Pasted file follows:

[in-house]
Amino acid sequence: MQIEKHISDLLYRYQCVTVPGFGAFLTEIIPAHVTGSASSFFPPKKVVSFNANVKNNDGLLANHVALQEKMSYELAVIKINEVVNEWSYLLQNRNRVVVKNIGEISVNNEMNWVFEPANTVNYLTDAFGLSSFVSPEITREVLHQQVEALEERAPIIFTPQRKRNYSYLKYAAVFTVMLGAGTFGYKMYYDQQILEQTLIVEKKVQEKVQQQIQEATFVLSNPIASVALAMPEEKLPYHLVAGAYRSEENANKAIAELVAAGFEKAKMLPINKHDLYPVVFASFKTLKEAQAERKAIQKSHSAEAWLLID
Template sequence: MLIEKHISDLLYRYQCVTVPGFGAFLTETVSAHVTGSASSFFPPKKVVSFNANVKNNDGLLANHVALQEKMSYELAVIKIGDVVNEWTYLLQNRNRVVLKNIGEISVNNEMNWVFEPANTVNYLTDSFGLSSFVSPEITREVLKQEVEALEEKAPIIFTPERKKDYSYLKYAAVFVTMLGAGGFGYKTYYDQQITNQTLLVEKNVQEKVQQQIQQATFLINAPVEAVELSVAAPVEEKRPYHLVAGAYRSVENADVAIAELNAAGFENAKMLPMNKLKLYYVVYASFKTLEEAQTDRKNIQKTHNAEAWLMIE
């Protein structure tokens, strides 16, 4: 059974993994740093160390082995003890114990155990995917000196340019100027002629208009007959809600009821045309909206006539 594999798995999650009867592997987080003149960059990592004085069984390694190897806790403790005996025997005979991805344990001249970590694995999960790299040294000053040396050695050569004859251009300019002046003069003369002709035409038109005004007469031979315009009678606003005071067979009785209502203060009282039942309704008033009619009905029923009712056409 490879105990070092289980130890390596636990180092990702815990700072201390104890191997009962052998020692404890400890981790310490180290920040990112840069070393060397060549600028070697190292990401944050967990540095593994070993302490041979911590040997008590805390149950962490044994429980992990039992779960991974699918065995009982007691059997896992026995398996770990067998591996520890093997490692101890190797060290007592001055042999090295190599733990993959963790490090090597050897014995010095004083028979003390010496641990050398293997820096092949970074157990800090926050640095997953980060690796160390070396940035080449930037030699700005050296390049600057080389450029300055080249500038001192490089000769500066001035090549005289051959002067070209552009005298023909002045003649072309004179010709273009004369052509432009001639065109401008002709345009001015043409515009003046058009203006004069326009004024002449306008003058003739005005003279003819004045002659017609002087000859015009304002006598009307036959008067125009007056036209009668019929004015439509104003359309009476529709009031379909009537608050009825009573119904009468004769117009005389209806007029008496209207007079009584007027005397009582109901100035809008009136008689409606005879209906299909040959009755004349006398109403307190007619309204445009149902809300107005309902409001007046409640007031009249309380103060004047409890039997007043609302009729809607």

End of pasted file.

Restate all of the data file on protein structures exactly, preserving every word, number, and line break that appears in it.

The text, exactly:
[in-house]
Amino acid sequence: MQIEKHISDLLYRYQCVTVPGFGAFLTEIIPAHVTGSASSFFPPKKVVSFNANVKNNDGLLANHVALQEKMSYELAVIKINEVVNEWSYLLQNRNRVVVKNIGEISVNNEMNWVFEPANTVNYLTDAFGLSSFVSPEITREVLHQQVEALEERAPIIFTPQRKRNYSYLKYAAVFTVMLGAGTFGYKMYYDQQILEQTLIVEKKVQEKVQQQIQEATFVLSNPIASVALAMPEEKLPYHLVAGAYRSEENANKAIAELVAAGFEKAKMLPINKHDLYPVVFASFKTLKEAQAERKAIQKSHSAEAWLLID
Template sequence: MLIEKHISDLLYRYQCVTVPGFGAFLTETVSAHVTGSASSFFPPKKVVSFNANVKNNDGLLANHVALQEKMSYELAVIKIGDVVNEWTYLLQNRNRVVLKNIGEISVNNEMNWVFEPANTVNYLTDSFGLSSFVSPEITREVLKQEVEALEEKAPIIFTPERKKDYSYLKYAAVFVTMLGAGGFGYKTYYDQQITNQTLLVEKNVQEKVQQQIQQATFLINAPVEAVELSVAAPVEEKRPYHLVAGAYRSVENADVAIAELNAAGFENAKMLPMNKLKLYYVVYASFKTLEEAQTDRKNIQKTHNAEAWLMIE
């Protein structure tokens, strides 16, 4: 059974993994740093160390082995003890114990155990995917000196340019100027002629208009007959809600009821045309909206006539 594999798995999650009867592997987080003149960059990592004085069984390694190897806790403790005996025997005979991805344990001249970590694995999960790299040294000053040396050695050569004859251009300019002046003069003369002709035409038109005004007469031979315009009678606003005071067979009785209502203060009282039942309704008033009619009905029923009712056409 490879105990070092289980130890390596636990180092990702815990700072201390104890191997009962052998020692404890400890981790310490180290920040990112840069070393060397060549600028070697190292990401944050967990540095593994070993302490041979911590040997008590805390149950962490044994429980992990039992779960991974699918065995009982007691059997896992026995398996770990067998591996520890093997490692101890190797060290007592001055042999090295190599733990993959963790490090090597050897014995010095004083028979003390010496641990050398293997820096092949970074157990800090926050640095997953980060690796160390070396940035080449930037030699700005050296390049600057080389450029300055080249500038001192490089000769500066001035090549005289051959002067070209552009005298023909002045003649072309004179010709273009004369052509432009001639065109401008002709345009001015043409515009003046058009203006004069326009004024002449306008003058003739005005003279003819004045002659017609002087000859015009304002006598009307036959008067125009007056036209009668019929004015439509104003359309009476529709009031379909009537608050009825009573119904009468004769117009005389209806007029008496209207007079009584007027005397009582109901100035809008009136008689409606005879209906299909040959009755004349006398109403307190007619309204445009149902809300107005309902409001007046409640007031009249309380103060004047409890039997007043609302009729809607």